Discord is a communication service which allows users to chat, call, and share files and other media in one hub on the web or their desktop and mobile apps. Users can create or join existing servers, to which they can invite friends and open topic-specific chat threads as well as voice and/or video rooms to drop in as they please. Focusing on the principles and methods outlined in Don Norman’s The Design of Everyday Things, this critique aims to provide an analysis of what works and what could be improved.
When a user arrives at the discord website, they have two options: download the app or open Discord in a browser. For some first-time users, this doesn’t offer much discoverability—it’s unclear whether they are entering a new or existing username in the field. This may cause a sizable gulf of execution because the only signifier confirming you are registering appears in small text underneath (fig. 1A). This may be better communicated by replacing the submission arrow button with a button that reads “Register.”
After submitting the form on the previous page, Discord welcomes users to its service and asks if they would like to create their first server, with a short description of what a server is. The window displayed provides the user with some affordances as well, offering a list of possible classifications for a server.
The user is then taken to the landing page shown in fig. 2A, providing feedback to confirm the server is now live. The UI provides signifiers for different affordances within servers by highlighting the areas to explore in orange and explaining their functions. By clicking on the highlighted areas, users learn about using text and voice channels, as well as how to send messages. When users enter chats or voice rooms, Discord plays a sound and shows tips (fig. 2B), providing more signifiers and feedback that reduce the gulf of evaluation. The page also offers a checklist for getting started and a menu bar on the left-hand side, laying a clear mapping for the intended ways to interact on Discord. The tutorials create a system image for users, providing consistency across servers.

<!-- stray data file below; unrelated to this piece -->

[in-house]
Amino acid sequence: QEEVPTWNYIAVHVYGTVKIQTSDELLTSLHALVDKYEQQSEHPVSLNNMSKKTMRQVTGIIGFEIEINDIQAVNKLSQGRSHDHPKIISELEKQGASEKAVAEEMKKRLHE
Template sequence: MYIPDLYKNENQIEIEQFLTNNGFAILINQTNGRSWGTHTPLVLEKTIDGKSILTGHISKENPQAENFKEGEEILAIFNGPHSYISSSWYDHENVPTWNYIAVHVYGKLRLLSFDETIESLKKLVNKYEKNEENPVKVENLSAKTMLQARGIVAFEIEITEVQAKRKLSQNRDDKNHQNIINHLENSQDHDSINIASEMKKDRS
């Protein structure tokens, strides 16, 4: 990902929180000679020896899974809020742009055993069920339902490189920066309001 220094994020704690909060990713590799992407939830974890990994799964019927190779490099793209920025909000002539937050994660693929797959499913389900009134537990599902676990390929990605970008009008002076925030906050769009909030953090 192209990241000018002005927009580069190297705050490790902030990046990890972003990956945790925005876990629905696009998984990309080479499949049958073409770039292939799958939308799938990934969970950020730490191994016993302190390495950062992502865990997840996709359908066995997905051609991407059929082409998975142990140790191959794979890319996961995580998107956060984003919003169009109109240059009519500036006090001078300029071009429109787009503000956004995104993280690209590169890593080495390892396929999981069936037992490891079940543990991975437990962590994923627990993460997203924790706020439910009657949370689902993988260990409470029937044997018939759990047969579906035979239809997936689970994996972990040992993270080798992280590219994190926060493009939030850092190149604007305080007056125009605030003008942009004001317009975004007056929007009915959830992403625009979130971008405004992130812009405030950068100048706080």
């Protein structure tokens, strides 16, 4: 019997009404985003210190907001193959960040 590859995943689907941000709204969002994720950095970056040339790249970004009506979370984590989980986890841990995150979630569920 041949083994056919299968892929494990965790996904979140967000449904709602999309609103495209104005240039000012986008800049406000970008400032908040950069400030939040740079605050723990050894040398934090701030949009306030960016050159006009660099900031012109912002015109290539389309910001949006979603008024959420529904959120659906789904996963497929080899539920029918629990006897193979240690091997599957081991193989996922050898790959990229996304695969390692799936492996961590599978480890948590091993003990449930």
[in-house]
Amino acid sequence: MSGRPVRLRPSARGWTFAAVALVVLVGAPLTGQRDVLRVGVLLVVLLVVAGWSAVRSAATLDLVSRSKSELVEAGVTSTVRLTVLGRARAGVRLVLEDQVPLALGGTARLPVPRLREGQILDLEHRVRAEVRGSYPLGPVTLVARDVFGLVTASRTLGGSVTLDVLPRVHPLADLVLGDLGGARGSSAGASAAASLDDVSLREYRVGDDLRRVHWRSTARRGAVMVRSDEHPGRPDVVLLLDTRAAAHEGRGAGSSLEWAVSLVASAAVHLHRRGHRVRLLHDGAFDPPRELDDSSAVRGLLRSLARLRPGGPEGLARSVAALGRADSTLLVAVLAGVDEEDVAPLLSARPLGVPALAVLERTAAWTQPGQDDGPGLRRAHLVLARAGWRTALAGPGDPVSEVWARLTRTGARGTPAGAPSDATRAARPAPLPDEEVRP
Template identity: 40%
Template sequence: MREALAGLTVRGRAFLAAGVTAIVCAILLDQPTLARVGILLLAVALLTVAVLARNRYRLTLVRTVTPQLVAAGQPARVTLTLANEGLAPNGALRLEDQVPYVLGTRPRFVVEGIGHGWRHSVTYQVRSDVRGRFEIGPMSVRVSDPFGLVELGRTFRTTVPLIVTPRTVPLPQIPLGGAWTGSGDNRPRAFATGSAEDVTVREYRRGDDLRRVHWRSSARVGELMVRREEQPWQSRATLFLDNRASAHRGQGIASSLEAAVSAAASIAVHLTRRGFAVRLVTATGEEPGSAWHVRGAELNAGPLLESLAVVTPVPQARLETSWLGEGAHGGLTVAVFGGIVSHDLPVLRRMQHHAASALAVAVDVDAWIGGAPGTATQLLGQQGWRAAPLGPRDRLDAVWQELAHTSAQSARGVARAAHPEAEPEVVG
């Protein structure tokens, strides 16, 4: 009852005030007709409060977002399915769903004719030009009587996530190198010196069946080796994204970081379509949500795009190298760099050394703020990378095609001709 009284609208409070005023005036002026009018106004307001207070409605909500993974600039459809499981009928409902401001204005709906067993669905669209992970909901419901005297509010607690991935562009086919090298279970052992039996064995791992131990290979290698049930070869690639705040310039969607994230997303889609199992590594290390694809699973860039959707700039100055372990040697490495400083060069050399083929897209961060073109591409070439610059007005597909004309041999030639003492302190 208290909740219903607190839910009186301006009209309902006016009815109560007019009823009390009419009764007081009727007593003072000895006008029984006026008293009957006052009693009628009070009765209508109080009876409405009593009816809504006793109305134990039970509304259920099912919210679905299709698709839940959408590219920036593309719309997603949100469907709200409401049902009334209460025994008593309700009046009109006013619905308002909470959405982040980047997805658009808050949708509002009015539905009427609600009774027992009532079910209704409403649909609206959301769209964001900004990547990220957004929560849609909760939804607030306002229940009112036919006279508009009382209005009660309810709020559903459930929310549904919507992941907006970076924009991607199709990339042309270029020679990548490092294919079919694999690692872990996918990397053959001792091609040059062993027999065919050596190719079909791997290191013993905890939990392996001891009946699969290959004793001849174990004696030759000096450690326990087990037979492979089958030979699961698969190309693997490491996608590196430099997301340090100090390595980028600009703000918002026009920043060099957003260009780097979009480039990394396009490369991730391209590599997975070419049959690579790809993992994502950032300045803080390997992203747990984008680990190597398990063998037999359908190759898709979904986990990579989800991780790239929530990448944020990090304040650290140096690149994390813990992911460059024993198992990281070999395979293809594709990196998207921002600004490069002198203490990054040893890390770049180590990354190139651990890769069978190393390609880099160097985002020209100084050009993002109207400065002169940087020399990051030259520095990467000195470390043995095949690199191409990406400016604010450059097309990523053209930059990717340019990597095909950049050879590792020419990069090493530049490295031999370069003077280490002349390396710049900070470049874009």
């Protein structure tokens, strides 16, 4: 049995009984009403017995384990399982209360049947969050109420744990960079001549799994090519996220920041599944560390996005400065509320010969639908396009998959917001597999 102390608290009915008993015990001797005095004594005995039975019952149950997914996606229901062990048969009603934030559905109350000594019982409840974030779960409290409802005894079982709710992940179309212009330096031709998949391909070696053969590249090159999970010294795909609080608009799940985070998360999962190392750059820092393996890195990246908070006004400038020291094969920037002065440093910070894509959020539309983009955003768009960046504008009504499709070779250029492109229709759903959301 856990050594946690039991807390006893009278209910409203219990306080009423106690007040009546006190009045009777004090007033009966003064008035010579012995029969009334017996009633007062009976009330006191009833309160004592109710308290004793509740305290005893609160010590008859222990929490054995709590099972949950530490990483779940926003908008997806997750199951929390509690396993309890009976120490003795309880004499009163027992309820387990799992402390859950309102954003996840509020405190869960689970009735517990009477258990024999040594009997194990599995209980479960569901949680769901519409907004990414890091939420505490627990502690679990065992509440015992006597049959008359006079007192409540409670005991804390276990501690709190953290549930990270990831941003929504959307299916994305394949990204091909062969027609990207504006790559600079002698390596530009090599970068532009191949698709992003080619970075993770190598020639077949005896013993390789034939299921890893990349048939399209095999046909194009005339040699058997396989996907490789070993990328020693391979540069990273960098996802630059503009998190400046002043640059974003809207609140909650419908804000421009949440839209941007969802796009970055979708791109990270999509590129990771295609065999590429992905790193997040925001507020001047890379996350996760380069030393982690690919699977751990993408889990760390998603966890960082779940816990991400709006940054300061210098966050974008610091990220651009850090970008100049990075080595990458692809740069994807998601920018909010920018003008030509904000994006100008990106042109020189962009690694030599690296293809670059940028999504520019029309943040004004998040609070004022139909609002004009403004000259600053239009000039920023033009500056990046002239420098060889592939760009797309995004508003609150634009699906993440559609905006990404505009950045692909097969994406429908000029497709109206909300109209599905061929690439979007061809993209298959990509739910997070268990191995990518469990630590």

One note about the landing page is users aren’t required to verify their account before using the app. There is a signifier at the top of the page serving as reminder to claim the account before it’s lost; however, without any constraints on the usability of the app, some users may deliberately violate the verification—a mistake resulting in the loss of their account. Discord could encourage users to finish setting up their account by affording only some key features of the app to balance learnability before users commit to verifying their account, as opposed to allowing unverified users to take full advantage of the service.
Users can experiment with personalization, searching for existing servers to join (fig. 3A), and streaming gameplay for audiences. On the home page, users keep track of their friends once they have been added with a menu displaying direct messages and active users online. When a user accepts or sends a friend request, it will appear in the notifications tab on the home page, again providing both a signifier and feedback for the intended task.
One criticism is that user settings aren’t discoverable; they only appear when clicking a small gear next to the username under the chat groups. Without prior knowledge, this may cause a large gulf of execution for users hoping to personalize their settings. A possible solution would be to relocate the settings gear to the upper right-hand corner of the home page, as this would be a natural mapping consistent with other social media platforms.
Discord’s conceptual model is ambitious, relying on a both of knowledge in the world as well as users’ knowledge in the head to offer an approachable user experience and a feature-heavy platform. Though the discoverability of extended features Discord affords isn’t always high, the main features are made clear through easy-to-understand tips and tutorials. Though learning to use the app in its full capacity may seem complex, Norman argues complexity is necessary and that “the most important principle for taming complexity is to provide a good conceptual model,” (Norman, 247) which I believe Discord does successfully.
- Norman, D. A. (2013). The Design of Everyday Things. MIT Press
- Discord Inc. (2021). Discord. Retrieved from https://discord.com